Western Slope Skies

Every other Friday at about 8:10 am, repeats the following Wednesday at 7:00 pm
  • Hosted by Black Canyon Astronomical Society

Western Slope Skies is produced by members of the Black Canyon Astronomical Society, who take a look at our local night sky. Hear it every other week at 8:10 am, after the Friday morning regional newscast,  and on the following Wednesday night at 7 PM, just before Global Express.

Do you have a question about the night sky or other astronomical topics? Ask it in our comments section below, or email us!

Ways to Connect

Western Slope Skies - The Summer Solstice

Jun 11, 2021

  Have you ever wondered why the summer solstice is the longest day in the year? This year the summer solstice will be on Sunday, June 20th, which will officially be our first day of summer.

Western Slope Skies - Black Holes

May 28, 2021

If you have any interest in astronomy, then you have most likely heard of black holes. Or you may have watched the movie Interstellar and had no idea what was going on but knew black holes were at the center of it. They are extremely massive objects that we cannot see, yet they affect their surroundings in measurable ways. It’s intriguing to think that something exists where even light, the fastest moving source in all of the universe, cannot escape the gravitational pull of a black hole. Even time itself is altered in the presence of a black hole.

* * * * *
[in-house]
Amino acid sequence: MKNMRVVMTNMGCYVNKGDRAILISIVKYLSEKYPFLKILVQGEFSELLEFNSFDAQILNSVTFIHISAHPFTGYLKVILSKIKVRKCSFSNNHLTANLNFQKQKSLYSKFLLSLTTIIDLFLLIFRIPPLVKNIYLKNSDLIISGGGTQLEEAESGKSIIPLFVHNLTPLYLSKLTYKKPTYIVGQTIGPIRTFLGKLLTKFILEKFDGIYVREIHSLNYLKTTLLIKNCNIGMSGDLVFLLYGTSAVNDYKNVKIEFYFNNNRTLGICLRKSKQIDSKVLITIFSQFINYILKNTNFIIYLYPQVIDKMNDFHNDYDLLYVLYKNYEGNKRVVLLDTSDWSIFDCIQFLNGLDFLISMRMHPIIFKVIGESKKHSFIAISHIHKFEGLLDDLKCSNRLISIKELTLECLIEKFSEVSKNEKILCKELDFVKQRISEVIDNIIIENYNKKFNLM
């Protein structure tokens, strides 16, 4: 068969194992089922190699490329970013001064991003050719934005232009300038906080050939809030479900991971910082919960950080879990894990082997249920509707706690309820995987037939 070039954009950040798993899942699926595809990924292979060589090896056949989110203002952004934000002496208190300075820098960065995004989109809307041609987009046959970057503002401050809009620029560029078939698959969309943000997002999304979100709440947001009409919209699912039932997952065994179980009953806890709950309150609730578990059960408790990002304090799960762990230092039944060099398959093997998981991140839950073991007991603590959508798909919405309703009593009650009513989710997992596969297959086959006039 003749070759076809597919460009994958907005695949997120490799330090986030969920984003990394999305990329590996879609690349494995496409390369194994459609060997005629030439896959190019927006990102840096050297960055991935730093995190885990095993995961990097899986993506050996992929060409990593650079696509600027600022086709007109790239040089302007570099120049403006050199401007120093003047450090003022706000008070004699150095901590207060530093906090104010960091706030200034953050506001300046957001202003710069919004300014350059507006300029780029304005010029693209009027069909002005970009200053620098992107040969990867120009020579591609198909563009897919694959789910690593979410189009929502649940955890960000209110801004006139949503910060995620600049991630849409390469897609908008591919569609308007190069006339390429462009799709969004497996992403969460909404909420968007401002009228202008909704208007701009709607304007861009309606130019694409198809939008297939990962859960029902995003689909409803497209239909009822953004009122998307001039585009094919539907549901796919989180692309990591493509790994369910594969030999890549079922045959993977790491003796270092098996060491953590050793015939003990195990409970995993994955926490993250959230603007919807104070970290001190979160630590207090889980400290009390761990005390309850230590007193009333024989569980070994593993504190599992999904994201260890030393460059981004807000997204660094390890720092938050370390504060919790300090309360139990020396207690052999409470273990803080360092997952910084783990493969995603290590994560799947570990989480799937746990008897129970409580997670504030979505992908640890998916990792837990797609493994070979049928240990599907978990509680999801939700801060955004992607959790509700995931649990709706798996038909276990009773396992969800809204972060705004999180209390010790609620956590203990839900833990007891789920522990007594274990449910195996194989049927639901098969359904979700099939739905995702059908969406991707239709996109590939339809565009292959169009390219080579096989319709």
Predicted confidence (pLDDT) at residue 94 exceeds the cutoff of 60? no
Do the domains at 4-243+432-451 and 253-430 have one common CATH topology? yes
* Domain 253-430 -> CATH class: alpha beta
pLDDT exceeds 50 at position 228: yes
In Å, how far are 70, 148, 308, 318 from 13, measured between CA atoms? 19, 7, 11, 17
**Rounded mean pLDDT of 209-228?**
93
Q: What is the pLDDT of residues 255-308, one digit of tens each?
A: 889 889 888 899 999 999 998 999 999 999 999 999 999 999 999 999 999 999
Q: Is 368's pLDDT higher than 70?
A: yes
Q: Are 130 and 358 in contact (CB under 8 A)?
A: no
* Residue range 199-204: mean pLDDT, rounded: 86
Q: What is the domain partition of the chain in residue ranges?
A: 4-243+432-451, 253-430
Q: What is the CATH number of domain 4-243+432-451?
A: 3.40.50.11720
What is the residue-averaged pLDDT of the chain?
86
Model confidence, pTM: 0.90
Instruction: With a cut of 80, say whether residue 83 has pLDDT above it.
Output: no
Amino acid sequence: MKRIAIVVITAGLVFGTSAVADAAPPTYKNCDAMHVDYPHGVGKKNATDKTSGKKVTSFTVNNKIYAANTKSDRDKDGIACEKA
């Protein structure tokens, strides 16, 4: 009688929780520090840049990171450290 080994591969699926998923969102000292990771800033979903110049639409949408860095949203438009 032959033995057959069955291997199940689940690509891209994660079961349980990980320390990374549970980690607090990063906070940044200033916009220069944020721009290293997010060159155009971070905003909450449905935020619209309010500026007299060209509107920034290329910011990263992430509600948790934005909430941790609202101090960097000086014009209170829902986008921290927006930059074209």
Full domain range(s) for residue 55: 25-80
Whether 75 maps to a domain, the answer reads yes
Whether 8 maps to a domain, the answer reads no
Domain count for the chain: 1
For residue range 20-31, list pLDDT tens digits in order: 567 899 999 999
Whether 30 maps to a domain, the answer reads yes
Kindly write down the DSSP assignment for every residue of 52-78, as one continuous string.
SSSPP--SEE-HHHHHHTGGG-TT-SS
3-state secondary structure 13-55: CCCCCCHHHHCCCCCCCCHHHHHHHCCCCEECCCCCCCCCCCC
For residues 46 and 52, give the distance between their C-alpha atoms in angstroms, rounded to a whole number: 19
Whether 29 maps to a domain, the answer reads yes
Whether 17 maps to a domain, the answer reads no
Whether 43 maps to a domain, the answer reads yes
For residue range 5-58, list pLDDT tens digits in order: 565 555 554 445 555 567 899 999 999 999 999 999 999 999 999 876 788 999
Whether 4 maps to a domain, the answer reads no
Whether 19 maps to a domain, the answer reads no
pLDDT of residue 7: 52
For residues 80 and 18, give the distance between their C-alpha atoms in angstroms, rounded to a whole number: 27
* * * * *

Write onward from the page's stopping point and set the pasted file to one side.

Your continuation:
Rise early on Wednesday morning, May 26th, find a place with an open western horizon, and look up. If the sky’s clear, you’ll see the first of this year’s two lunar eclipses.


Galaxies, those enormous accumulations of stars, dust, gas, and other stuff, are a bit like people – they tend to congregate in big groups.